were still a few (well, OK, a lot) flying around, but I was able to pick
them off easily enough.  Also, hanging up another fly strip caught an
additional dozen.  Altogether, the battle lasted an hour or so.  No body
count was immediately available.

One concern that I had at the outset was how to warn Jack, my housemate, 
who had already gone to bed.  I had visions of him getting up in the
morning and then getting stung while going to take a shower - not a pretty
sight (by "sight" I mean him getting stung, not the other bit about the
shower).  Should I wake him?  But then he might come 
out of his room (which is in the basement) and get stung.  Leave a note?  
He might not see it before he unsuspectingly encountered the first wasp.  
Fortunately, I heard that he was still awake and I was able to warn him.

Mopping up (almost literally) took a while.  I wanted to make sure that I 
got any Raid residue off of any surface that the cats would walk on (the 
Raid would get on their feet, which they would then lick).  Putting a fan 
at the top of the basement stairs, blowing out the back door, helped 
clear out the air (I let it run all night - thankfully it was warm 
yesterday, not that wasps are a problem in the winter).  I haven't started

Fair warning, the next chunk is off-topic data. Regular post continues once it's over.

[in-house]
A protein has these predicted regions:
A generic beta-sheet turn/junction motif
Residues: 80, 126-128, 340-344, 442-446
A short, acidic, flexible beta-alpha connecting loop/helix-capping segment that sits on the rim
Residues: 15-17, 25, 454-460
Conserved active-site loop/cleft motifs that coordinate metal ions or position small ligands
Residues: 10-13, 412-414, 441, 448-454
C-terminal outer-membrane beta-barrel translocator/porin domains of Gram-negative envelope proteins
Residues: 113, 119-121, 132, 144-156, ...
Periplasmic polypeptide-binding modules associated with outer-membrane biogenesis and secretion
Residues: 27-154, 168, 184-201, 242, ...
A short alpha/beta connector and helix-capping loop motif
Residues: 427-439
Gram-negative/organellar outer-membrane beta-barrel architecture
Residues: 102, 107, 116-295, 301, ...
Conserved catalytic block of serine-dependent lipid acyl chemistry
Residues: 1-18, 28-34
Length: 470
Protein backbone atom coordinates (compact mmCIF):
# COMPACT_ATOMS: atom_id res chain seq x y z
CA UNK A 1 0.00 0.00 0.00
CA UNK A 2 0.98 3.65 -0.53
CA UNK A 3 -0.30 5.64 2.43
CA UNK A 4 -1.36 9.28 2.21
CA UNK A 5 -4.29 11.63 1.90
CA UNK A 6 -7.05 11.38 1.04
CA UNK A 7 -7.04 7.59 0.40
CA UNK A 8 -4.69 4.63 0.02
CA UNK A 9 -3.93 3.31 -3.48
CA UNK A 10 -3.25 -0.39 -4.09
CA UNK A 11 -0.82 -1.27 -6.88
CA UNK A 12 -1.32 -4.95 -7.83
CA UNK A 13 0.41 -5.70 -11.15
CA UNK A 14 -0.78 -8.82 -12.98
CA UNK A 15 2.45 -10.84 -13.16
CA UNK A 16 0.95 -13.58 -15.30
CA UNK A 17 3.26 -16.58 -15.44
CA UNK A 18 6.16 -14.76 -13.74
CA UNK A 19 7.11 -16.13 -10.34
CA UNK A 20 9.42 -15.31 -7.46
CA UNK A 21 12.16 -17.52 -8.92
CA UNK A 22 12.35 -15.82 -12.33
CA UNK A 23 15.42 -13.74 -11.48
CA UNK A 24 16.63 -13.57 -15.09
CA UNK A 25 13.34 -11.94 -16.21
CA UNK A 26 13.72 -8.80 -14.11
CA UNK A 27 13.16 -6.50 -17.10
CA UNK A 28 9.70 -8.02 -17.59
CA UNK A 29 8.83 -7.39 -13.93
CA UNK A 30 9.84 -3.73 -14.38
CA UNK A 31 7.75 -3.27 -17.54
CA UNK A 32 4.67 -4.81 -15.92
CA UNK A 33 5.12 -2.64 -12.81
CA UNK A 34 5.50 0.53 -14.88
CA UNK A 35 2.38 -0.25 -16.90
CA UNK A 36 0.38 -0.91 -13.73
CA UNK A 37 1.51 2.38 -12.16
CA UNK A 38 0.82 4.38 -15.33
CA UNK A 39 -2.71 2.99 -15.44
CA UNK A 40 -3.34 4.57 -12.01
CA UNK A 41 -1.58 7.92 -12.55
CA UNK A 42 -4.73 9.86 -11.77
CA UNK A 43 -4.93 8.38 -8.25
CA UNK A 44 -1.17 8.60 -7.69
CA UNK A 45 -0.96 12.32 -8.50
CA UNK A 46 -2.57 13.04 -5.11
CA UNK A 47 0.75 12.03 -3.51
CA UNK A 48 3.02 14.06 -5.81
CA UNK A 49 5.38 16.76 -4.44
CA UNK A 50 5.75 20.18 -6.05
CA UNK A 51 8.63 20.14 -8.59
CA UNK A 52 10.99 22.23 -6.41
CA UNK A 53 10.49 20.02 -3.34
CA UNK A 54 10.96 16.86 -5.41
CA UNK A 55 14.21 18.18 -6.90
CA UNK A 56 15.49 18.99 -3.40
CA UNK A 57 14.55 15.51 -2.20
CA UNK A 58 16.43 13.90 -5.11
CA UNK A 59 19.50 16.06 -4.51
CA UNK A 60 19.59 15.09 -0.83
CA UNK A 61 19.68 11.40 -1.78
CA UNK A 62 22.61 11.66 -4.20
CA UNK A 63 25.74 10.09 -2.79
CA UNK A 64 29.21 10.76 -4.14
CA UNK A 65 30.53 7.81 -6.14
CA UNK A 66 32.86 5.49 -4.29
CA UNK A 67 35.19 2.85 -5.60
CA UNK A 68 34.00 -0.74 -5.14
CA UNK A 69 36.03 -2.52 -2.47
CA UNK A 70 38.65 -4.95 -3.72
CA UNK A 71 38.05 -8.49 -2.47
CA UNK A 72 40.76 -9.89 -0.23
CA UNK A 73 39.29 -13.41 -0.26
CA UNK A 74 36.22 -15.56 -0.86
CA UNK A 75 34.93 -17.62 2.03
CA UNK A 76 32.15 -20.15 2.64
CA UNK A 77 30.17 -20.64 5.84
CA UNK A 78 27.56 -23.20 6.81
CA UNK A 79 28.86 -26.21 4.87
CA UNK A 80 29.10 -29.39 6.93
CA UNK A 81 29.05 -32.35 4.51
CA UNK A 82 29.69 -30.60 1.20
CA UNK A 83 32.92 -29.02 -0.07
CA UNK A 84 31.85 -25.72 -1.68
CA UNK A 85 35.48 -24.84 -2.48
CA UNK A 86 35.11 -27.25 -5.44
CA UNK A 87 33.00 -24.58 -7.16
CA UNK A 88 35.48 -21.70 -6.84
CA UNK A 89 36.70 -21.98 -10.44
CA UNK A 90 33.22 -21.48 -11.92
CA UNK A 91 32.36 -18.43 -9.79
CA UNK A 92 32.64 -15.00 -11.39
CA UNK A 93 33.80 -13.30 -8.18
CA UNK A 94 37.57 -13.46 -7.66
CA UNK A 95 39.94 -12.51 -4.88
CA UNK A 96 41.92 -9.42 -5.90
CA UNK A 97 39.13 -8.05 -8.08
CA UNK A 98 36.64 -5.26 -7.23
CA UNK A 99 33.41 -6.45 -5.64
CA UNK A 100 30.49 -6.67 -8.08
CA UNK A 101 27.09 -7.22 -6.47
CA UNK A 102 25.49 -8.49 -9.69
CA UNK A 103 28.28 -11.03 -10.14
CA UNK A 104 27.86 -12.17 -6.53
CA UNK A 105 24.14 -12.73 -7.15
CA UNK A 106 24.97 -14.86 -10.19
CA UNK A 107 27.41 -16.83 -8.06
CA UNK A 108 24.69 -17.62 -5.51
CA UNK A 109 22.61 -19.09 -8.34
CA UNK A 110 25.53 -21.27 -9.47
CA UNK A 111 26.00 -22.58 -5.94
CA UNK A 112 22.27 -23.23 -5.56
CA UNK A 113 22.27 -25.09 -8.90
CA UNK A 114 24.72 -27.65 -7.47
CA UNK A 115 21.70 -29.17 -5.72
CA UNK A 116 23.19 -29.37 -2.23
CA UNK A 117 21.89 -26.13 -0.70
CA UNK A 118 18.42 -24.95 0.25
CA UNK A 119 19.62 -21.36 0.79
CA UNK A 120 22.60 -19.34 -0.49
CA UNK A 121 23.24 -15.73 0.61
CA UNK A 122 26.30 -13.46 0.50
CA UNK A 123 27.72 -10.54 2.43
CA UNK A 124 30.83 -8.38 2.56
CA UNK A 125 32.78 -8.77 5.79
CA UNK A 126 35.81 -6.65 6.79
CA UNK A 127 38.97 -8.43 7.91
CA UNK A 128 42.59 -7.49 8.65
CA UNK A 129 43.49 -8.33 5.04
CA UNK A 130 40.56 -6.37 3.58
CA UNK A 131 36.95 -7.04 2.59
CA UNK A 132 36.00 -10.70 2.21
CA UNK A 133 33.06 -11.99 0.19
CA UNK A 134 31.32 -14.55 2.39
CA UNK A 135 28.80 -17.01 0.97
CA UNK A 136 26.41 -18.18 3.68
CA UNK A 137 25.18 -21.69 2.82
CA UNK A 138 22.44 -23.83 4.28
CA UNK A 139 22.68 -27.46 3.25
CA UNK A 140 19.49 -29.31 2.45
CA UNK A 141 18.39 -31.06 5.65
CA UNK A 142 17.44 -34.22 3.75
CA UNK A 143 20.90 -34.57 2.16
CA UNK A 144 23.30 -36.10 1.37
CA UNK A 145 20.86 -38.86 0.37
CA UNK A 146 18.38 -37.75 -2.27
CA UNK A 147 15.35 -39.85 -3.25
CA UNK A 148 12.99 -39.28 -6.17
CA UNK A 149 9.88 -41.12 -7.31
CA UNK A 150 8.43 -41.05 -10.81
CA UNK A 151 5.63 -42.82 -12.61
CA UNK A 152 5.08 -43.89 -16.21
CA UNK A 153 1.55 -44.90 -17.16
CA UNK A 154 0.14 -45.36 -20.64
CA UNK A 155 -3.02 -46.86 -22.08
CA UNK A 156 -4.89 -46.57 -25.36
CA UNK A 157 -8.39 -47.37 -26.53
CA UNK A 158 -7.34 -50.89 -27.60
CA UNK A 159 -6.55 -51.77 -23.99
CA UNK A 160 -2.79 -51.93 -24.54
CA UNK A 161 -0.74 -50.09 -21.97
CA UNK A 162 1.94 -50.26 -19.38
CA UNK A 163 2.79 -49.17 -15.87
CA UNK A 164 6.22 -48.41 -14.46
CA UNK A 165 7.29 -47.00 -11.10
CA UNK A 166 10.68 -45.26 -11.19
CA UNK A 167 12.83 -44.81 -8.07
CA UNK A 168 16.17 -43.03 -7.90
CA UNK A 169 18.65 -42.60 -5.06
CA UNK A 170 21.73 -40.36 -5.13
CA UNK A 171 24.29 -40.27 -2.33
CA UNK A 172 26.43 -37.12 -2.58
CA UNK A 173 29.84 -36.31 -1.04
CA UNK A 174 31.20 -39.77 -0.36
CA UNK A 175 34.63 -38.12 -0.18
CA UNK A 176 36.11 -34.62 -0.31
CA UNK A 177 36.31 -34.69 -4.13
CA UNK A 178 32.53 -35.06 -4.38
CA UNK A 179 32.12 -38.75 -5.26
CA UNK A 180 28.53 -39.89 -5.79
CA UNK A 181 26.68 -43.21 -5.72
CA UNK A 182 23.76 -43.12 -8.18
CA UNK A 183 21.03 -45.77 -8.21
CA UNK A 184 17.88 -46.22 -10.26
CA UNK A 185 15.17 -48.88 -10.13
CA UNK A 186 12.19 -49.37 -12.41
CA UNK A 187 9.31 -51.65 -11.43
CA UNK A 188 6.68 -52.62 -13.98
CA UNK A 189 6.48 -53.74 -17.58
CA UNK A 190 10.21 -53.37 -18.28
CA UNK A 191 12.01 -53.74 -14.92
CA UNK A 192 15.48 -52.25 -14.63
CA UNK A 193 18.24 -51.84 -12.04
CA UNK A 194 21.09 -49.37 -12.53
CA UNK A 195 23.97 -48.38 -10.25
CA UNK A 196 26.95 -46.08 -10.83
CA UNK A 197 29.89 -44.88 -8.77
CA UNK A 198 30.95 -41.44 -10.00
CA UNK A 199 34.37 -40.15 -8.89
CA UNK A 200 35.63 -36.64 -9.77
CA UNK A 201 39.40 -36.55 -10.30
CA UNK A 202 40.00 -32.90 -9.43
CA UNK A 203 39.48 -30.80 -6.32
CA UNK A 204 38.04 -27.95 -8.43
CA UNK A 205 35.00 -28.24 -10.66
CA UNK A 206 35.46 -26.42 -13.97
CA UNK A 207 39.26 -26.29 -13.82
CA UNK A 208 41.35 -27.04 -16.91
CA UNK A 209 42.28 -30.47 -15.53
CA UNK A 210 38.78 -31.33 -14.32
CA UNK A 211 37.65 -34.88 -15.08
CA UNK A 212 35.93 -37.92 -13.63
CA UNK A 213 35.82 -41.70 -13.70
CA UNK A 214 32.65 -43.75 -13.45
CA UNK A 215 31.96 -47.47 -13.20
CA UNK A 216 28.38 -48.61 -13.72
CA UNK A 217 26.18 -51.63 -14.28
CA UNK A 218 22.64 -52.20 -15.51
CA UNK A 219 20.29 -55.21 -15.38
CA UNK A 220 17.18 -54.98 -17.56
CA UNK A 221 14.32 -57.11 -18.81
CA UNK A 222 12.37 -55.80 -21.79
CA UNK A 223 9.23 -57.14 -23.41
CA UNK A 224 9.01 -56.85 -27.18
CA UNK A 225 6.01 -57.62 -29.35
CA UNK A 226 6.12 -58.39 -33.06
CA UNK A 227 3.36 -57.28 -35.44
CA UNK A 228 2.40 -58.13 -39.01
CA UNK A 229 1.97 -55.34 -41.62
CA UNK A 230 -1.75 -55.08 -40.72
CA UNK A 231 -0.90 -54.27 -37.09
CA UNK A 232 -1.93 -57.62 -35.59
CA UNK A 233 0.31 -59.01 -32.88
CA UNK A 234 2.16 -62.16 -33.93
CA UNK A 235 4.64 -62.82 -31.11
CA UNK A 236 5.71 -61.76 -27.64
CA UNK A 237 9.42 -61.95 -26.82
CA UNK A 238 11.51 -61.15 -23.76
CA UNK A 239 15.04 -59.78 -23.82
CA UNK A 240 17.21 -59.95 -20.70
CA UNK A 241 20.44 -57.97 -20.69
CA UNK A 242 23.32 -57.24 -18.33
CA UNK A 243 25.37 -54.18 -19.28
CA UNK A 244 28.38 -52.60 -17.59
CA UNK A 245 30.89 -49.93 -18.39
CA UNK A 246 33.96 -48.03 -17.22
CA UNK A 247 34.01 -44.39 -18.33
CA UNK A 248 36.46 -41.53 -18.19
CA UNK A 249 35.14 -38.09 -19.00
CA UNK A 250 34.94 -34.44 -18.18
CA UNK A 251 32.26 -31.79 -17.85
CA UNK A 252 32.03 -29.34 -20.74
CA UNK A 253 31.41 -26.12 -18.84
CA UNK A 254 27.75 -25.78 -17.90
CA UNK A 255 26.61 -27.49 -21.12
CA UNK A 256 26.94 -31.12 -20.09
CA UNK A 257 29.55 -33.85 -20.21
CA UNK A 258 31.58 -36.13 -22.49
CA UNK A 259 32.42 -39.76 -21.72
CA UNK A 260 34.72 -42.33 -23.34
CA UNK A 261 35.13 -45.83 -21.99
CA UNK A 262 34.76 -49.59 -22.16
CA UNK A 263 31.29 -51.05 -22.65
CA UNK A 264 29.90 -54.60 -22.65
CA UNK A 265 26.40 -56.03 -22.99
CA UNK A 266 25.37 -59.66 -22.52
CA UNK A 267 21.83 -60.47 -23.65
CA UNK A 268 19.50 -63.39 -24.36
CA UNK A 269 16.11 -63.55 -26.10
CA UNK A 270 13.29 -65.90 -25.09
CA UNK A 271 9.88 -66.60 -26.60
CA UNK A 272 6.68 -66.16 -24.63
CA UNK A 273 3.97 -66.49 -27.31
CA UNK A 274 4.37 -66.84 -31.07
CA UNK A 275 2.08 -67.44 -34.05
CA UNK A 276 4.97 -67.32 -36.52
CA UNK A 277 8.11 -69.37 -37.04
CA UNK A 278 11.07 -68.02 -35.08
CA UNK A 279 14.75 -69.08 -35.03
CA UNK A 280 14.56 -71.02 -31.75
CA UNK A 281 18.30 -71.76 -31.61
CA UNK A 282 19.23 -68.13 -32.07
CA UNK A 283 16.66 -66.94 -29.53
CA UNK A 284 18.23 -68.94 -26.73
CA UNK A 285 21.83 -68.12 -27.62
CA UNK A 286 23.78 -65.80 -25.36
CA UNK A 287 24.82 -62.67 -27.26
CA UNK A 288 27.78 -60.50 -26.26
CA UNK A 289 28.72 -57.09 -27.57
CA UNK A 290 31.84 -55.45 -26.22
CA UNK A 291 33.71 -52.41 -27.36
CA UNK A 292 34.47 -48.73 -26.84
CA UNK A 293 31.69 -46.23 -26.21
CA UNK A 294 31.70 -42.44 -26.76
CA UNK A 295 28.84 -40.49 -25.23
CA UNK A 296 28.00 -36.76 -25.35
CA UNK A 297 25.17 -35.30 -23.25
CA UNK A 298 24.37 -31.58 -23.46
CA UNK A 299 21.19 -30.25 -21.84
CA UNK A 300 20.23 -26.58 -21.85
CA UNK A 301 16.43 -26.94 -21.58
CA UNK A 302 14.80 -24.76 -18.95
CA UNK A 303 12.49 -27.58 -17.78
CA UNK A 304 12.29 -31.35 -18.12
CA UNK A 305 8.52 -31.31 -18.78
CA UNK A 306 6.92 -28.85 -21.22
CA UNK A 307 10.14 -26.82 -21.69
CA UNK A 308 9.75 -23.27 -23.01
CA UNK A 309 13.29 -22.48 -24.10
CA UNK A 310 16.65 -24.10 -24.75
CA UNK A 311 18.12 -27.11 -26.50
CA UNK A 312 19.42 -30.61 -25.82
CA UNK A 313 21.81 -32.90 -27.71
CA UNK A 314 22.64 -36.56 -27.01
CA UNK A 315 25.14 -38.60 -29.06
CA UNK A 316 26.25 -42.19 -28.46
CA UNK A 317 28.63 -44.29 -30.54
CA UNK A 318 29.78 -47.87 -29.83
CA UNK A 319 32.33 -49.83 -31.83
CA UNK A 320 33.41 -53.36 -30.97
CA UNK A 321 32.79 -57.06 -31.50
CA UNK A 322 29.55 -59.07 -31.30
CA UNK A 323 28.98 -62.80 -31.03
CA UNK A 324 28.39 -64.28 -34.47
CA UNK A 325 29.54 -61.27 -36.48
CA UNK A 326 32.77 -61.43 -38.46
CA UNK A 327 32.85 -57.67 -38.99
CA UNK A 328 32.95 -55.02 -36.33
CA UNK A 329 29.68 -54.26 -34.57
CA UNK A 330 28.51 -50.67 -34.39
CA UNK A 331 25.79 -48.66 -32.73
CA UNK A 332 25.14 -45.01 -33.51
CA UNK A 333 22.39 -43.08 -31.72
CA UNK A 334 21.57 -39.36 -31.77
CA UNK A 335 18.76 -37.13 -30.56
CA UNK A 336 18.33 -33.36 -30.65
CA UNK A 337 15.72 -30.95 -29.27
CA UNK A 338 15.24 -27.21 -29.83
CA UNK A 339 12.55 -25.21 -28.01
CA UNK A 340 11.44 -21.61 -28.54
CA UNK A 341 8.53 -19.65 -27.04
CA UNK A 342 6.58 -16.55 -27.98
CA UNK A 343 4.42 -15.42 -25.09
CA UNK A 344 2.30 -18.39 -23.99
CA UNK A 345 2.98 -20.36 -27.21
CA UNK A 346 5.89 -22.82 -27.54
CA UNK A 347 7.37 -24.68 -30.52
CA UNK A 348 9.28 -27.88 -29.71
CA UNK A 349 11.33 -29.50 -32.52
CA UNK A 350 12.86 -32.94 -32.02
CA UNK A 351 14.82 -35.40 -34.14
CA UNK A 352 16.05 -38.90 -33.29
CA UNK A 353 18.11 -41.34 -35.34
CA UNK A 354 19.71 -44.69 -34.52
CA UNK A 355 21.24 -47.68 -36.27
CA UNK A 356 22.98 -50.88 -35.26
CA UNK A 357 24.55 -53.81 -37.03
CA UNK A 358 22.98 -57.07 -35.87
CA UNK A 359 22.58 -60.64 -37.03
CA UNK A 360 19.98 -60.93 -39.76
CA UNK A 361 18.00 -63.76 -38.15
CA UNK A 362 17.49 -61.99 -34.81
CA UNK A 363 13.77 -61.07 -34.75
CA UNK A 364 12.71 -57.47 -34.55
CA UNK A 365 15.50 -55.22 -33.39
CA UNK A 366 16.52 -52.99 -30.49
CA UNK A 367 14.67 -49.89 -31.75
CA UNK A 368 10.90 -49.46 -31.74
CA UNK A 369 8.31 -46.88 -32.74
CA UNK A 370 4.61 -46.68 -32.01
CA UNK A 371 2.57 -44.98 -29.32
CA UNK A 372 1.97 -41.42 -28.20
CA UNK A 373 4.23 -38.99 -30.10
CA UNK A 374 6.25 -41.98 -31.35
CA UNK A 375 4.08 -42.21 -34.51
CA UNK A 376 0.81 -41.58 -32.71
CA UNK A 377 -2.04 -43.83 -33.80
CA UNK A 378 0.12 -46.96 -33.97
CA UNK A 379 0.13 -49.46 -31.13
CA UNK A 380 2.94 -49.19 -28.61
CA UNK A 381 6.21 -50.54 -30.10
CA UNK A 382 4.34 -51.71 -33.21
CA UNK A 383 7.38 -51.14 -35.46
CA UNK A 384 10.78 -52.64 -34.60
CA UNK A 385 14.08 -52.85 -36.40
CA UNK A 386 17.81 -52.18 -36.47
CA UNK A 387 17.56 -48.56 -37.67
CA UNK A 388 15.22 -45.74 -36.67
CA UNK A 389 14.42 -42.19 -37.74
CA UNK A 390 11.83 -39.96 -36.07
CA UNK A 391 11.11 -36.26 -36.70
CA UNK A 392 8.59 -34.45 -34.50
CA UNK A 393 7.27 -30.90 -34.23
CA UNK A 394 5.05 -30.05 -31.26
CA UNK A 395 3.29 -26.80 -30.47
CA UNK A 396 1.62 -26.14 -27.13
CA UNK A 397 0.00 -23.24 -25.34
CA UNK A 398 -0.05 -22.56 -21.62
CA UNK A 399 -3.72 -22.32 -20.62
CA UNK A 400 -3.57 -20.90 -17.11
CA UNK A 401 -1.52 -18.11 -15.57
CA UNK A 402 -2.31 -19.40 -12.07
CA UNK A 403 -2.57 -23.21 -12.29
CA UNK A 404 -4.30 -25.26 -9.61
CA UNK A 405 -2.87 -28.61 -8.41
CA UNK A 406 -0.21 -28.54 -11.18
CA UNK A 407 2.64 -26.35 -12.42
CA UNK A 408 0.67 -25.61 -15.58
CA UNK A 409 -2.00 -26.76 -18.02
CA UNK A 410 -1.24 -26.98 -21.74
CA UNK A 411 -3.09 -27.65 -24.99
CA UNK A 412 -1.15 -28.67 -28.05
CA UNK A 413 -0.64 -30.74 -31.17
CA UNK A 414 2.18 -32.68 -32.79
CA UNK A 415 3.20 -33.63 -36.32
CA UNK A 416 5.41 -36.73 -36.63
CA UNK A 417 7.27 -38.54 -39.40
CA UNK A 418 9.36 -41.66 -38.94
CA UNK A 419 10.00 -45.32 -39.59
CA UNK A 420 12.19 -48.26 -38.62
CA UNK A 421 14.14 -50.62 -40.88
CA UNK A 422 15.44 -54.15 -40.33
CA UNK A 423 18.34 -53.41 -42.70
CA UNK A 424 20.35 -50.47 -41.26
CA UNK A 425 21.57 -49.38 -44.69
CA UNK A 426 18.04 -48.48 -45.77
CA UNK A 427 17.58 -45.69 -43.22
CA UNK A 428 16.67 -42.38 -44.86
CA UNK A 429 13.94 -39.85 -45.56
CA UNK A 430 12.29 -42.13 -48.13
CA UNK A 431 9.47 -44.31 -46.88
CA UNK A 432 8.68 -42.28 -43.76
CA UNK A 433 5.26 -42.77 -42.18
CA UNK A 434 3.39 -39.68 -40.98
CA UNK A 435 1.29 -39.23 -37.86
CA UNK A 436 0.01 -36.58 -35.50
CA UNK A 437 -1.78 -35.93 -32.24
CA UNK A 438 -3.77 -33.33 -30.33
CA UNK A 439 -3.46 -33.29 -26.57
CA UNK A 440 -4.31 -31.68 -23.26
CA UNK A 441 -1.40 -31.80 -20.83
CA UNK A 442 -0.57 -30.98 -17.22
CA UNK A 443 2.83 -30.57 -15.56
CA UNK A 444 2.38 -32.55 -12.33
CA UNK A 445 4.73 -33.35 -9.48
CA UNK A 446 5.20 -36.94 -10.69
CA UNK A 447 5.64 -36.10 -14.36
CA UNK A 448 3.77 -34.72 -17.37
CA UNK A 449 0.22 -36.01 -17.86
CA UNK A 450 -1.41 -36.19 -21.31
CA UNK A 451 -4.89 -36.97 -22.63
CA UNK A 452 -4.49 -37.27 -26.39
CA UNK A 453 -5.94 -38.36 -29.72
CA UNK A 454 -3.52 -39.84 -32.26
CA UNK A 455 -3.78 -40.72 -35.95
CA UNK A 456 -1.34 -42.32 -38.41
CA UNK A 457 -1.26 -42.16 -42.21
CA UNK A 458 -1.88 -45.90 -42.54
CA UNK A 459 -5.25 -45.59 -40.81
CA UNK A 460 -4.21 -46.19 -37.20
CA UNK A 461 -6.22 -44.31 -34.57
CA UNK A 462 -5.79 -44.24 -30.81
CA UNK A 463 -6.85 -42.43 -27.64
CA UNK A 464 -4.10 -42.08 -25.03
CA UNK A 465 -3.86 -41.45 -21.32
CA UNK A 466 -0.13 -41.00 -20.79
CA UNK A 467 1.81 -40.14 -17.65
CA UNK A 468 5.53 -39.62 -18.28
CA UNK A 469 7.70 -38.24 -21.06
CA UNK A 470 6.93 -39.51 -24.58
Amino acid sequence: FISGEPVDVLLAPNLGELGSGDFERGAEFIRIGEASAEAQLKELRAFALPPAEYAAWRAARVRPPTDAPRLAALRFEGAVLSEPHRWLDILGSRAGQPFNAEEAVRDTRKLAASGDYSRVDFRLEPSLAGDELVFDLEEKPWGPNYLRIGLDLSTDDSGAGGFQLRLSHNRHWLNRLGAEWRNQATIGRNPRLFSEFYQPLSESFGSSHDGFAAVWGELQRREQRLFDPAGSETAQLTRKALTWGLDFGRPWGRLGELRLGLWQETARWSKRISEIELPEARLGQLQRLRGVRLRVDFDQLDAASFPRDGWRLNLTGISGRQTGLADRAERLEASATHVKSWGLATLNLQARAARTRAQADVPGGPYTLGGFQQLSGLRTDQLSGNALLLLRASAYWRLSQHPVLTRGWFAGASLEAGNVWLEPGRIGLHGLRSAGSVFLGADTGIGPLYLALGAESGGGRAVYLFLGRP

disposing of the bodies; I'll do that when I can run the vacuum cleaner.

I also need to wash all of the clothes I was wearing (except the duct
tape - that's going in the trash).

By the way, in the process of battling the wasps, I think that I also
vanquished the big housefly.  Either that or it's lying low somewhere.

For the most part, I was able to keep the cats out of the war zone.  They 
seem OK, but I'll keep a close watch on them over the next few days.

My hand is OK, still hurts a bit, but I have been able to type this
without too much difficulty.  It was too painful to type at first, but the
pain has subsided.  No signs of allergic reaction or anaphylactic shock
(if there had been, I'd be in the Ballard Hospital ER now, not here).  
[Tony: I'll see how it feels in another hour or so and decide about going
in to work today.]

Basement reconstruction plans will be forthcoming.

Epilouge

I did go in to work later that day, arriving a bit after 1 PM (my co-workers, to whom I had sent this message, among others, were still chuckling - they asked if I had taken any pictures). My pants and shoes (which I wore during the battle) still had traces of duct tape adhesive on them.

That evening I cleaned up some of the carnage. There must have been something like 200 or more wasps! Three months later I was still finding more dead ones.

My hand itched for the next couple of weeks, but that was about it. My cats do not seem to have been affected by the battle (although I think they were laughing at me when I was all bundled up).


Some wasp related resources: Last update: September 1, 2005 09:15:31 PDT